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The real reason you don't hear from Russell Crowe anymore

In the early 2000s, Russell Crowe was indisputably one of the biggest names in Hollywood. He got his start on TV back home in his native Australia, first appearing as Kenny Larkin in a few episodes of the popular soap opera Neighbours. In 1990, he landed his first film roles in Prisoners of the Sun and The Crossing. But it wasn't until starring as Maximus Decimus Meridius in the film Gladiator that he really made his mark stateside. After his performance in Gladiator earned him an Academy Award for Best Actor, he went on to appear in other critically acclaimed films like A Beautiful Mind and Cinderella Man.

But recently, it seems like Crowe has dropped off the map, and he's simply not acting as much these days. Here's why you haven't seen him on the big screen, and why he probably won't get back to his former status as one of Hollywood's most popular actors.

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Scandals have plagued him

Although Crowe's name isn't in the tabloids quite as often anymore, his reputation still precedes him. Unfortunately, he's known as much for his volatile temper as he is for his acting skills. Back in 2005, Crowe became the center of attention (in the worst way) when he threw a phone at an employee of the Mercer Hotel in New York City. Apparently, he got angry when he found out that the phone was broken, and that's what sparked the incident.

Of course, his own rep claims that Crowe actually threw the phone at a wall, not an employee, and that he did not physically hurt anyone. However, law enforcement did not take Crowe's side, and he was hit with charges for felony assault and 4th degree criminal possession of a weapon. He was also sued for personal damages. It's the kind of massive screw-up that's hard for an actor to truly put behind them. Crowe refers to it as "the most shameful situation I've ever gotten myself in."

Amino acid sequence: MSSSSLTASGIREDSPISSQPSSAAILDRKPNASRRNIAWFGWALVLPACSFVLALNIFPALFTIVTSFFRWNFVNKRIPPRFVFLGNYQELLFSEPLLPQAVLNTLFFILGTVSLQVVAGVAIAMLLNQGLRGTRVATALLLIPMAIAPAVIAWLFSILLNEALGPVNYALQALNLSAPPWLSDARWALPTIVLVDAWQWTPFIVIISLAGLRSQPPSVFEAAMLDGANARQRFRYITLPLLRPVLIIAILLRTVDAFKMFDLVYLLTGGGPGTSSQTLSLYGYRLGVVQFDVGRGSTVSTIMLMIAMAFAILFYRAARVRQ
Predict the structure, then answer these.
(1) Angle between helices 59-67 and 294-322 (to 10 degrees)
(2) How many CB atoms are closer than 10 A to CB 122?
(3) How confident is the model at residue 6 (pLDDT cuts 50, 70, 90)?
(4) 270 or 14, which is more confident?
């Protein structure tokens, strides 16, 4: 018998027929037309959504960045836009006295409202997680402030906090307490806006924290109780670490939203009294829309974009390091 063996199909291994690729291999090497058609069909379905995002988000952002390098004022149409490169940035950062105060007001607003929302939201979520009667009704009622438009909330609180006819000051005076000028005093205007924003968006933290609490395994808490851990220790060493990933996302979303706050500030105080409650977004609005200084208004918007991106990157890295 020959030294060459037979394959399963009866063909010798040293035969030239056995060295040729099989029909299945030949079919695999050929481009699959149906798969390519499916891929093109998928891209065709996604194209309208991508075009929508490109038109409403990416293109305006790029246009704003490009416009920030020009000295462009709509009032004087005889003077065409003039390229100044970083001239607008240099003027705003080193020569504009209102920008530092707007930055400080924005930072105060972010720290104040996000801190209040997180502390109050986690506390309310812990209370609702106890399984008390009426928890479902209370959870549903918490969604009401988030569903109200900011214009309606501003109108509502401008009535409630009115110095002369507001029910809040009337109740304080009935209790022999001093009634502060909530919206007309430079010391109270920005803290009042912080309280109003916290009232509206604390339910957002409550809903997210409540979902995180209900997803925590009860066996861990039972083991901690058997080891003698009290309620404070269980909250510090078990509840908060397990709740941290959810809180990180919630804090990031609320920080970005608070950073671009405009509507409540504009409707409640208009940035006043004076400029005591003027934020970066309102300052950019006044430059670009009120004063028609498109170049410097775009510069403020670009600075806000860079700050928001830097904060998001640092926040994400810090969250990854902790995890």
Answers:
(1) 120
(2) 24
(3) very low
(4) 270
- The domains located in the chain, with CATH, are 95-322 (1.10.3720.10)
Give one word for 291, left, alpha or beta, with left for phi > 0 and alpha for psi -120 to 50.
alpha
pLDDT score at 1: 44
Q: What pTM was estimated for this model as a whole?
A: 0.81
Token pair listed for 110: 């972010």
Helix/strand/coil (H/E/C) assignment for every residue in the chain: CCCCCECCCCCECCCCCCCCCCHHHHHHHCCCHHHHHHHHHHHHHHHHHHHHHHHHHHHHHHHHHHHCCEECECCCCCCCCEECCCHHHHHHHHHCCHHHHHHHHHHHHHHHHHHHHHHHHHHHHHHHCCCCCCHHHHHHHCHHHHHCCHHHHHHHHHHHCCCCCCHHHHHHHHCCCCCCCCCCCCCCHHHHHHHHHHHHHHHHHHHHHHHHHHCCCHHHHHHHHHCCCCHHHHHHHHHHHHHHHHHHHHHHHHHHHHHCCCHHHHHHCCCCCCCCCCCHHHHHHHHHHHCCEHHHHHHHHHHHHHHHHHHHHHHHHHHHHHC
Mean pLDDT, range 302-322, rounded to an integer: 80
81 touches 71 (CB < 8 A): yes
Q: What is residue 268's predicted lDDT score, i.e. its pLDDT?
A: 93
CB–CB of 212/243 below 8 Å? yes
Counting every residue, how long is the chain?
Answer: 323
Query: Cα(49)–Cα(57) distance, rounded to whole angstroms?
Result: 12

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Negative media coverage affected him

Perhaps all of the negative media coverage that Crowe received after that fateful moment when he decided to throw a phone taught him an important message about the serious pitfalls of fame: nothing is totally private, and your mistakes will almost always follow you in one way or another. Although Crowe says that he has personally moved past the incident, he acknowledges that the rest of the industry (and the general public) never really did. In his own opinion, he thinks they made it into a bigger deal than it needed to be.

In an interview with Charlie Rose in 2010, Crowe was asked about the issue, and he said, "I think it indelibly changed me… Very definitely, it affected me, it's affected me psychologically." It seems like it's a stain on his past that he's never going to completely escape. Unfortunately, Crowe is one of those celebs who will always have his name attached to a scandal.

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He doesn't bring in as much money

Unfortunately for Crowe's career prospects, his bankability has been in decline for several years now. No matter how talented an actor is, studios want to work with talent who can bring in the big bucks, and nowadays, they can do better than Crowe. He appeared in Man of Steel in 2013, which earned more than any other film he's been in, but that was a while ago. None of his films have topped it since.

Crowe's name just doesn't have the same pull that it once did. Maybe it's the scandals that have turned off some of his formerly devout fans. Maybe he hasn't been choosing to work on the kind of films that would bring in serious profits. However, he's clearly proven that he can take a great script and turn it into an exceptionally memorable performance, and this downward trend doesn't have to be inherently permanent. Perhaps one day, he'll be able to work his way back up again.

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He's tried directing and producing